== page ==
228 F.2d 885 (3rd Cir. 1956), 11631, Metals Disintegrating Co., Inc. v. Reynolds Metals Co.

Docket Nº:11631.
Citation:228 F.2d 885, 108 U.S.P.Q. 143
Case Date:January 13, 1956
Court:United States Courts of Appeals, Court of Appeals for the Third Circuit

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228 F.2d 885 (3rd Cir. 1956)

108 U.S.P.Q. 143




No. 11631.

United States Court of Appeals, Third Circuit.

January 13, 1956

Argued Nov. 3, 1955.

W. D. Keith, New York City (Arthur G. Connolly, Wilmington, Del., Paul S. Bolger, New York City, on the brief), for plaintiff.

Before GOODRICH, STALEY and HASTIE, Circuit Judges.

HASTIE, Circuit Judge.

This is an action for infringement of two patents, No. 2, 002, 891 and No. 2, 144, 953, both used in the manufacture of aluminum paints. The District Court held both valid and found infringement of each from the date plaintiff purged itself of their prior misuse. D.C.D.Del.1955, 130 F.Supp. 227. Appellant, contending that both patents are invalid for lack of invention, does not contest the claim of infringement if they are valid, but argues that, in any event, the District Court erred in fixing the date when purge was effected.

The setting of the controversy is this. The basic components of metallic paints are a liquid paint vehicle and a pigment in the form of finely divided metal particles. Much of today's aluminum paint is made by mixing a leafing aluminum bronze paste with an ordinary paint vehicle such as varnish. 'Bronze' as used here is neither a metal nor a color, but rather the form of small flakelike particles to which certain metals, and particularly aluminum, can be and are reduced for various commercial uses. Thus, aluminum bronze is aluminum in tiny flaked particles. 'Leafing' or 'mirroring'

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is a property which bronzed particles may be caused to exhibit in such liquids as oils and varnishes. It is the property of rising to the surface of the liquid and there dispersing yet overlapping to form a thin continuous metallic film. This extraordinary behavior must be artificially induced, particularly since the metal is specifically heavier than the liquid vehicle. It is important in metallic paint because it increases opacity, coverage and brilliance of finish.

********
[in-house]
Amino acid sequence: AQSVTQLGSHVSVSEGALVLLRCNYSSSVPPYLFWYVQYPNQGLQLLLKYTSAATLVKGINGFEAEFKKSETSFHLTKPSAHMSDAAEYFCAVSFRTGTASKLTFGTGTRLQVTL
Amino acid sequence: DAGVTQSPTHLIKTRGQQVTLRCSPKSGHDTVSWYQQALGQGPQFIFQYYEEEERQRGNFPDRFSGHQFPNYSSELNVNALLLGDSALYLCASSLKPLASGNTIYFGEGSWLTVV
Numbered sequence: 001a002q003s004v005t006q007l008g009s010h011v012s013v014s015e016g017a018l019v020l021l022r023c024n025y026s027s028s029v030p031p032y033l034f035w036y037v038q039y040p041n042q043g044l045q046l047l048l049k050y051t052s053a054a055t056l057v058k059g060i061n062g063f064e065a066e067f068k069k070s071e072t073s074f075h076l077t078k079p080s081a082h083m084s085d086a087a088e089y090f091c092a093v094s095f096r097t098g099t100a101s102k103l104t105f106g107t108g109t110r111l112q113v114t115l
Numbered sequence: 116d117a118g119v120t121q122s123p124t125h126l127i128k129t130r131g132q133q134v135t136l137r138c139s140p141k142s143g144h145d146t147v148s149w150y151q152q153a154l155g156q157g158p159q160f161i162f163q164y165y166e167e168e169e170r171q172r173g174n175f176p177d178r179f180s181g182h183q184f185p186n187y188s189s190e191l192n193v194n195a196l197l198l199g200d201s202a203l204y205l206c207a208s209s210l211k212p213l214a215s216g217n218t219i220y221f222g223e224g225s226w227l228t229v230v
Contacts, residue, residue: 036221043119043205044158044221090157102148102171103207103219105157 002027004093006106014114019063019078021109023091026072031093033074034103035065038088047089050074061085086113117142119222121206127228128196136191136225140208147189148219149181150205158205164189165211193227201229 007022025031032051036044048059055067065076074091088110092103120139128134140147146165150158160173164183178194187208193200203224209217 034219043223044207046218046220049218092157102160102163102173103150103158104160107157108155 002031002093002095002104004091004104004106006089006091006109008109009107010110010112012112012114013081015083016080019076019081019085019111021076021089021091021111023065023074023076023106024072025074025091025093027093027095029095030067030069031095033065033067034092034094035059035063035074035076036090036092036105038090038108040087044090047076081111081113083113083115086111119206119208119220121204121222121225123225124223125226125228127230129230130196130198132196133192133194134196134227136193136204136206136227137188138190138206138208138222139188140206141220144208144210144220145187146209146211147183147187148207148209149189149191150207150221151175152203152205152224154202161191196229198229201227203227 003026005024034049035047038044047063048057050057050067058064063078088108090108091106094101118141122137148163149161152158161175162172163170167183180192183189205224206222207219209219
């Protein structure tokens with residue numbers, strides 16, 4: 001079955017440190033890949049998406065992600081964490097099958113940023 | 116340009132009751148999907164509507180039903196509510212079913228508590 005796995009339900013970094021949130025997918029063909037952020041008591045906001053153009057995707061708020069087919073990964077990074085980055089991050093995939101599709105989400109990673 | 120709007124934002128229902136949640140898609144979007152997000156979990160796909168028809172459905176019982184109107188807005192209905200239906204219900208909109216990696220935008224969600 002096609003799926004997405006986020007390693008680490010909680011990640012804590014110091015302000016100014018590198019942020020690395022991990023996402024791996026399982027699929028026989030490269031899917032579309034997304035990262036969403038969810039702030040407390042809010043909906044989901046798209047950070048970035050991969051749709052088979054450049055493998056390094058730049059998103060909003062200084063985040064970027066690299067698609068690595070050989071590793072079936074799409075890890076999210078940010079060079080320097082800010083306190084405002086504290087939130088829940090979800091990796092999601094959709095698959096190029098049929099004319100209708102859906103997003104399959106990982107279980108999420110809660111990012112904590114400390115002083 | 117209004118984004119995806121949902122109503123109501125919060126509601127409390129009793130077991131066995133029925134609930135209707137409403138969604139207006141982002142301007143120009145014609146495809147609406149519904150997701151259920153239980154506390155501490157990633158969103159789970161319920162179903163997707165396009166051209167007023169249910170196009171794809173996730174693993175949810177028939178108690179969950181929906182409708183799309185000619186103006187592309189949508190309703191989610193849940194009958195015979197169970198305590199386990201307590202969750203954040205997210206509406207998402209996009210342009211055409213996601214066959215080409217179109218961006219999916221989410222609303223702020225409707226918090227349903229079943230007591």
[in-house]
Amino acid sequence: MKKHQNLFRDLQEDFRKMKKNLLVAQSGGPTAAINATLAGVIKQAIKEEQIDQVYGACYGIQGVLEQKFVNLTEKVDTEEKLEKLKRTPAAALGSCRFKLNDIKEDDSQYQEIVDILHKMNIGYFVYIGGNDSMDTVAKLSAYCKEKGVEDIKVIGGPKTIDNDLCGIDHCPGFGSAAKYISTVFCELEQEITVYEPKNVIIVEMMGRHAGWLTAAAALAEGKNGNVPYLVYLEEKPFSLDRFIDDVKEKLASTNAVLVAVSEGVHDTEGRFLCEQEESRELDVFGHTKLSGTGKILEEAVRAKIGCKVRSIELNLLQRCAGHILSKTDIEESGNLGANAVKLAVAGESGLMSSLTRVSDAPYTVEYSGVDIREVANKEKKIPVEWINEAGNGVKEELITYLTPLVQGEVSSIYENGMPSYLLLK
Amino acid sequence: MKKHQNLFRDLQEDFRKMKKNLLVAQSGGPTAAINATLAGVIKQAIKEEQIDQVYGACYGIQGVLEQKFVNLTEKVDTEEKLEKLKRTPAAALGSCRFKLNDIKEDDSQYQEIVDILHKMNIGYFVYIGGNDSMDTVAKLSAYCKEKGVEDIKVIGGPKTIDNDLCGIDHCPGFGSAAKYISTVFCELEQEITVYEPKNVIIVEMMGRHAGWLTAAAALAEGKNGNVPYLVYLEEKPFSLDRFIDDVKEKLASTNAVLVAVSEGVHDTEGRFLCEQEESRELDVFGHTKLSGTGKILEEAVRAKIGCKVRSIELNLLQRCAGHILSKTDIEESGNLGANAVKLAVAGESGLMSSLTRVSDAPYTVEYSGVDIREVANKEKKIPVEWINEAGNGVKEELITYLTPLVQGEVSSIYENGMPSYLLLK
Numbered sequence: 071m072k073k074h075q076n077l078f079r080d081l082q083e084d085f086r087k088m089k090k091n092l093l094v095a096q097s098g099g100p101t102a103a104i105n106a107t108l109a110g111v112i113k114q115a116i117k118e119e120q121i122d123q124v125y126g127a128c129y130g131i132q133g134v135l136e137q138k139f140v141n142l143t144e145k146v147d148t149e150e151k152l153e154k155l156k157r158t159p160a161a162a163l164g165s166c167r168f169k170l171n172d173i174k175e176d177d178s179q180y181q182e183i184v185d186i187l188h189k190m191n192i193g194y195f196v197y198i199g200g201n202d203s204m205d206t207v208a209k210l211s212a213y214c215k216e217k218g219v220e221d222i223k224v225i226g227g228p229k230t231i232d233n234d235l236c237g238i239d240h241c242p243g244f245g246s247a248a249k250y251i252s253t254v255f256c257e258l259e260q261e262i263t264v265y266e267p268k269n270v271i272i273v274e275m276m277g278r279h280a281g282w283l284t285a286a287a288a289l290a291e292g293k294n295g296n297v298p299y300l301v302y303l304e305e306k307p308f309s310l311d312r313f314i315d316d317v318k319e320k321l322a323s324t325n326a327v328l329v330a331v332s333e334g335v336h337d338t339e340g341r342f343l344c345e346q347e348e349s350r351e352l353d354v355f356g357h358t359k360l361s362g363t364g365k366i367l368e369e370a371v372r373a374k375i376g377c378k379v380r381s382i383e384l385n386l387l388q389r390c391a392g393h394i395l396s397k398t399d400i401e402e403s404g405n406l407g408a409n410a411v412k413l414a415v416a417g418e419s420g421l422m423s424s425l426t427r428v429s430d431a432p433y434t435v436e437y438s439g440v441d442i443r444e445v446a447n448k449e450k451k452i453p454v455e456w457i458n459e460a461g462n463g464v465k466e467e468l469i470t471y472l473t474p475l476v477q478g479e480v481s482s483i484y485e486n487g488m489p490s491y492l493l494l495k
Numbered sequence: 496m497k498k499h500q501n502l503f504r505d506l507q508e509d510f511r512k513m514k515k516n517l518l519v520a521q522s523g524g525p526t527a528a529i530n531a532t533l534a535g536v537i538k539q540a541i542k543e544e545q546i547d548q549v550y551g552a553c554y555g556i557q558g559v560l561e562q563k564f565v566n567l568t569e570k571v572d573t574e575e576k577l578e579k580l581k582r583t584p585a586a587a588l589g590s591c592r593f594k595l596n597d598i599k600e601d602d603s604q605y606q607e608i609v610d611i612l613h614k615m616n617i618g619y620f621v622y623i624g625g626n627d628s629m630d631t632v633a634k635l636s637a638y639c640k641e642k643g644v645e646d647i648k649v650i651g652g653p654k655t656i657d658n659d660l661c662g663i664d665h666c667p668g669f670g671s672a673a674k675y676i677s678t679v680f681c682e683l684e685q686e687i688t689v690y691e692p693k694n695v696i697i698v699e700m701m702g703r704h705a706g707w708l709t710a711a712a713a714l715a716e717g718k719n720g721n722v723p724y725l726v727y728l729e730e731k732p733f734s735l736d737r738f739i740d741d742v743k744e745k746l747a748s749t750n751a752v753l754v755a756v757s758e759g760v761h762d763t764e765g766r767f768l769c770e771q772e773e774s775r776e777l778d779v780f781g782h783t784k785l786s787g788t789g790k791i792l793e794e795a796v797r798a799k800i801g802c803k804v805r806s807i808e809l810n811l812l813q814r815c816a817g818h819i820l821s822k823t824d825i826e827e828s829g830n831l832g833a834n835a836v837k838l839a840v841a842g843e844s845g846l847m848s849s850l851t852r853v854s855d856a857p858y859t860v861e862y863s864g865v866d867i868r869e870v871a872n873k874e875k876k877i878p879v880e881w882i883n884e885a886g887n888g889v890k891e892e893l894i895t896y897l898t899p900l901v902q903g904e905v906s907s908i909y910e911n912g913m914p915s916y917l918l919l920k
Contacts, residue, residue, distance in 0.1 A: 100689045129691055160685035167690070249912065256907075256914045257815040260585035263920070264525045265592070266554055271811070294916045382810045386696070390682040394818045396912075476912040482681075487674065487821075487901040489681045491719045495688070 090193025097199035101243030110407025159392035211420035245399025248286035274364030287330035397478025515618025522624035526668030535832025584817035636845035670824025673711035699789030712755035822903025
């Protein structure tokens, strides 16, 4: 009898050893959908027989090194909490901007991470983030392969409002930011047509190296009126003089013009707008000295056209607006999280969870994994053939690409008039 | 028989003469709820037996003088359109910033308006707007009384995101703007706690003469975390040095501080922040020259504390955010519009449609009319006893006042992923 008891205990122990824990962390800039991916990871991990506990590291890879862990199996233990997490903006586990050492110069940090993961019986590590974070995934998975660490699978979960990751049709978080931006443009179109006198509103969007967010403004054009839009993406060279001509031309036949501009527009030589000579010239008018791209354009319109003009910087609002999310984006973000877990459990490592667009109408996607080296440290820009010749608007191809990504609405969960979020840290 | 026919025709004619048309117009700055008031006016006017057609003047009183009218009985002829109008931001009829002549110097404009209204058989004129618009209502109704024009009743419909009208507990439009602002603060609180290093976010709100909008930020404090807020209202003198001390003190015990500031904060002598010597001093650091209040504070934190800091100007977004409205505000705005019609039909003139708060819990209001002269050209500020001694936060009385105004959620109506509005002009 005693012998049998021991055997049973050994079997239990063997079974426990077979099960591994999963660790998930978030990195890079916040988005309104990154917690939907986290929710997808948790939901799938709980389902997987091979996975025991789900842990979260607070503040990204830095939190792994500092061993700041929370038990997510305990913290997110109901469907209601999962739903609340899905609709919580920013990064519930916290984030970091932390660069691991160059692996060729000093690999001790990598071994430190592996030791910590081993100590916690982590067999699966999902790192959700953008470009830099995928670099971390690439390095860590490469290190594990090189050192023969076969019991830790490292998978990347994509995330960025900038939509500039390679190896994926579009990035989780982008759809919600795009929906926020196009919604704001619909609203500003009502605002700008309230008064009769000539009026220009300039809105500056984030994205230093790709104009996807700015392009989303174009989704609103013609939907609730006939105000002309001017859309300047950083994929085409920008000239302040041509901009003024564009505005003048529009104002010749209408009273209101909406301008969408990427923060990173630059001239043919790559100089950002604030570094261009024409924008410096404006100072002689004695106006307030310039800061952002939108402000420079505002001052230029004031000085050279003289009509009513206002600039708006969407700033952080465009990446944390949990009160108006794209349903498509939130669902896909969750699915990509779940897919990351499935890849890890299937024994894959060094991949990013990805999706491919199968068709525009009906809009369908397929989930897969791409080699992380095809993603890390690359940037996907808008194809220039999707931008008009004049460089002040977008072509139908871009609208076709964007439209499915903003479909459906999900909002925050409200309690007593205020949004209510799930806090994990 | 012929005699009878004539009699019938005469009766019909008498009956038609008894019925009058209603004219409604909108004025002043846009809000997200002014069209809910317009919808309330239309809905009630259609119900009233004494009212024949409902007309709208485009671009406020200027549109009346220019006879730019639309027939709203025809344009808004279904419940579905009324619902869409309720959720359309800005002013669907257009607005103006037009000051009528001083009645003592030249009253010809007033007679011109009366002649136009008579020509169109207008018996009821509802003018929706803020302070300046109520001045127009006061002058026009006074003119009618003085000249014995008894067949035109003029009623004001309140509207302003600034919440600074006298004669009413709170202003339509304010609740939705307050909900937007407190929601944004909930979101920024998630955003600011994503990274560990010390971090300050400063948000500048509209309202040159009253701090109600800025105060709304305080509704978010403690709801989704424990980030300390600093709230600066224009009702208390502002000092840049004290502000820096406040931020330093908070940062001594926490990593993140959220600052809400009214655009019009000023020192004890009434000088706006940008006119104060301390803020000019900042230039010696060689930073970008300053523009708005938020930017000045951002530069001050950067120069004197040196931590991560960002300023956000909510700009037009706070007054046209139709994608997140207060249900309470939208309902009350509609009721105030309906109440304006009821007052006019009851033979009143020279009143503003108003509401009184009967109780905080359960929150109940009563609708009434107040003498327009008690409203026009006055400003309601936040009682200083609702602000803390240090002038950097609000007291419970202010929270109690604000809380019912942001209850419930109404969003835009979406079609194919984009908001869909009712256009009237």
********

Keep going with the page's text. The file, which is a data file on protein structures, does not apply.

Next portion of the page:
In this connection it should be noted that two distinct problems are involved in the art of making aluminum pigment. First, a quantity of aluminum must be reduced to the bronze form. Second, a satisfactory leafing quality must be imparted to the bronze. Before the inventor Everett Hall devised the process described in Patent No. 2, 002, 891, hereinafter called Hall '891, it was the teaching and practice in this field that these two essentials be accomplished in separate stages. In the first stage a milling operation reduced the metal to bronze. There followed a separate process of 'polishing' the flakelike particles with a leafing agent, often stearic acid, and 'aging' these treated particles. According to the evidence in this case and the proper findings of the District Court thereon, this polishing and aging was the commercially accepted method of inducing leafing until Hall devised the process here in question.

The new teaching of Hall '891 was a method of reducing and processing the metal in a single stage to produce a leafing paste which was more satisfactory to handle than the familiar leafing powder and made a better paint. More particularly, Hall '891 taught that where aluminum, while being reduced by impact in a ball mill, is treated with approximately 3 per cent of its weight of stearic acid in a volatile liquid like paint thinner in the presence of oxygen and heat, a satisfactory leafing quality will be imparted to the bronze; that evaporation of the excess liquid at a temperature not more than 50 degrees C. will leave a homogeneous, stable paste which is a satisfactory leafing pigment; and, if a leafing powder is desired, this may by accomplished by...

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